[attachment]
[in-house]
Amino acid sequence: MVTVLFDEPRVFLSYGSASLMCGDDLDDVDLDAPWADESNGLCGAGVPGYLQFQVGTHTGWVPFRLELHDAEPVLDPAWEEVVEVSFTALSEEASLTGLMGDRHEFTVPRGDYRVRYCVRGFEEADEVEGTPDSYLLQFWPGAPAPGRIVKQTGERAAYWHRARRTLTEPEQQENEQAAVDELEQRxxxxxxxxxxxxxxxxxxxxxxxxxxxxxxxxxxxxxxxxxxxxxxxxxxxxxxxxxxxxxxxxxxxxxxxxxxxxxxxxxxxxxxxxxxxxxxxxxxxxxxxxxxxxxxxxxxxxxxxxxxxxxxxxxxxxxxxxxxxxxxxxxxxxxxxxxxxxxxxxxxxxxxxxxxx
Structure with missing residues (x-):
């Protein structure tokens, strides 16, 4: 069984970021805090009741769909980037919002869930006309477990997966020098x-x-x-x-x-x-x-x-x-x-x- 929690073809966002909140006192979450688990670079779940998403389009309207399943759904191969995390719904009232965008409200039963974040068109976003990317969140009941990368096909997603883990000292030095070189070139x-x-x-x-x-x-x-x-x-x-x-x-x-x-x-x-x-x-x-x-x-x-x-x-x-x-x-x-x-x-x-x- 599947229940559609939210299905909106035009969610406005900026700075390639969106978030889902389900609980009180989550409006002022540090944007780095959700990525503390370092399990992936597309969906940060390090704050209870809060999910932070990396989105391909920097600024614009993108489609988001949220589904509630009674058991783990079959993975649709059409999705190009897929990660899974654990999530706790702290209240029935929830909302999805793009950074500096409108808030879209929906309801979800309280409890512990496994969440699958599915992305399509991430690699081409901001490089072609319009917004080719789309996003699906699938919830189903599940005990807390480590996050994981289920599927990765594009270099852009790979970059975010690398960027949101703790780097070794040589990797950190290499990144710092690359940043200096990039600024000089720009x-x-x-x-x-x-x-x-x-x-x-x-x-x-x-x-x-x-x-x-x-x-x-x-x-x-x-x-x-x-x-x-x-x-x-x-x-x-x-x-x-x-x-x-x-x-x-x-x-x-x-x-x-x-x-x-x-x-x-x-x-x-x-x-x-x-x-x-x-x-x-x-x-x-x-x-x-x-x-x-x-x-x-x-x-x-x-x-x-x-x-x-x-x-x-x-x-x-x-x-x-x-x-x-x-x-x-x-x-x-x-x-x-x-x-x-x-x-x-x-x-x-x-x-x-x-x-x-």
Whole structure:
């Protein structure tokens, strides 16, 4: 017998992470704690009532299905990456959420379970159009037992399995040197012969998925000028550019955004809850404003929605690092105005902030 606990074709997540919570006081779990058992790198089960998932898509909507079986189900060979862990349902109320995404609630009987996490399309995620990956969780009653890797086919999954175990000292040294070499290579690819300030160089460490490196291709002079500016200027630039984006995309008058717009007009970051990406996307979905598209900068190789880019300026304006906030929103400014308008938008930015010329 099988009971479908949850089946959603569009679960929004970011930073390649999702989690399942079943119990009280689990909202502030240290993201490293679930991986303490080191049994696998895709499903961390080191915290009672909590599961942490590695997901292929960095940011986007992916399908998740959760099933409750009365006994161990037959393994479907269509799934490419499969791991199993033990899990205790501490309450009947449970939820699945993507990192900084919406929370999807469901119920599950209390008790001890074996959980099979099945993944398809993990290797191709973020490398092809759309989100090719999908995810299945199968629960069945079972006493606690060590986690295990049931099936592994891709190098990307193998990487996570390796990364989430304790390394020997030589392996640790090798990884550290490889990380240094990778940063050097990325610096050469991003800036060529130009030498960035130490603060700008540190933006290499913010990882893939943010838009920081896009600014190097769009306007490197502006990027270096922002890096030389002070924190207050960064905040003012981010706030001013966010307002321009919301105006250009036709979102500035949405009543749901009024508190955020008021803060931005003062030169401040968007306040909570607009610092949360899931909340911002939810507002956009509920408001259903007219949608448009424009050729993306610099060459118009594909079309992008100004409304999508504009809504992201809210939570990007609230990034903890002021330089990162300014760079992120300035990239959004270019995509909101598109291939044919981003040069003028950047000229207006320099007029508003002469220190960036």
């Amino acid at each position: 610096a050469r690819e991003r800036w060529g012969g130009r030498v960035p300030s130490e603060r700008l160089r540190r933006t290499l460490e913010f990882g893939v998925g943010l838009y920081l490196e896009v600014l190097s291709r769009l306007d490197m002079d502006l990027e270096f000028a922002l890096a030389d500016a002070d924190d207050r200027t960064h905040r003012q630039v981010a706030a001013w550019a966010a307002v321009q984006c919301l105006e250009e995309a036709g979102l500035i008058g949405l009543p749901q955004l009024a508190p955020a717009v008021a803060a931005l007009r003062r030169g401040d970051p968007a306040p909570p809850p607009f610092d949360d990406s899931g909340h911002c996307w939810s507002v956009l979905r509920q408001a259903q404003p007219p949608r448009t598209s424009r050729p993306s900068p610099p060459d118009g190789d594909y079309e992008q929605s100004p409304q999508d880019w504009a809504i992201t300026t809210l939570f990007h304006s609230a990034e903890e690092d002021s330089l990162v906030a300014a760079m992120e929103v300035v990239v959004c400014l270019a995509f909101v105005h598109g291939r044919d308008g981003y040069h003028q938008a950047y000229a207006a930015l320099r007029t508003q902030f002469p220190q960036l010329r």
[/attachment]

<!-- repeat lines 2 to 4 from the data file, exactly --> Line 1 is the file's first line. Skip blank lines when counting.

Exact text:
Amino acid sequence: MVTVLFDEPRVFLSYGSASLMCGDDLDDVDLDAPWADESNGLCGAGVPGYLQFQVGTHTGWVPFRLELHDAEPVLDPAWEEVVEVSFTALSEEASLTGLMGDRHEFTVPRGDYRVRYCVRGFEEADEVEGTPDSYLLQFWPGAPAPGRIVKQTGERAAYWHRARRTLTEPEQQENEQAAVDELEQRxxxxxxxxxxxxxxxxxxxxxxxxxxxxxxxxxxxxxxxxxxxxxxxxxxxxxxxxxxxxxxxxxxxxxxxxxxxxxxxxxxxxxxxxxxxxxxxxxxxxxxxxxxxxxxxxxxxxxxxxxxxxxxxxxxxxxxxxxxxxxxxxxxxxxxxxxxxxxxxxxxxxxxxxxxx
Structure with missing residues (x-):
């Protein structure tokens, strides 16, 4: 069984970021805090009741769909980037919002869930006309477990997966020098x-x-x-x-x-x-x-x-x-x-x- 929690073809966002909140006192979450688990670079779940998403389009309207399943759904191969995390719904009232965008409200039963974040068109976003990317969140009941990368096909997603883990000292030095070189070139x-x-x-x-x-x-x-x-x-x-x-x-x-x-x-x-x-x-x-x-x-x-x-x-x-x-x-x-x-x-x-x- 599947229940559609939210299905909106035009969610406005900026700075390639969106978030889902389900609980009180989550409006002022540090944007780095959700990525503390370092399990992936597309969906940060390090704050209870809060999910932070990396989105391909920097600024614009993108489609988001949220589904509630009674058991783990079959993975649709059409999705190009897929990660899974654990999530706790702290209240029935929830909302999805793009950074500096409108808030879209929906309801979800309280409890512990496994969440699958599915992305399509991430690699081409901001490089072609319009917004080719789309996003699906699938919830189903599940005990807390480590996050994981289920599927990765594009270099852009790979970059975010690398960027949101703790780097070794040589990797950190290499990144710092690359940043200096990039600024000089720009x-x-x-x-x-x-x-x-x-x-x-x-x-x-x-x-x-x-x-x-x-x-x-x-x-x-x-x-x-x-x-x-x-x-x-x-x-x-x-x-x-x-x-x-x-x-x-x-x-x-x-x-x-x-x-x-x-x-x-x-x-x-x-x-x-x-x-x-x-x-x-x-x-x-x-x-x-x-x-x-x-x-x-x-x-x-x-x-x-x-x-x-x-x-x-x-x-x-x-x-x-x-x-x-x-x-x-x-x-x-x-x-x-x-x-x-x-x-x-x-x-x-x-x-x-x-x-x-």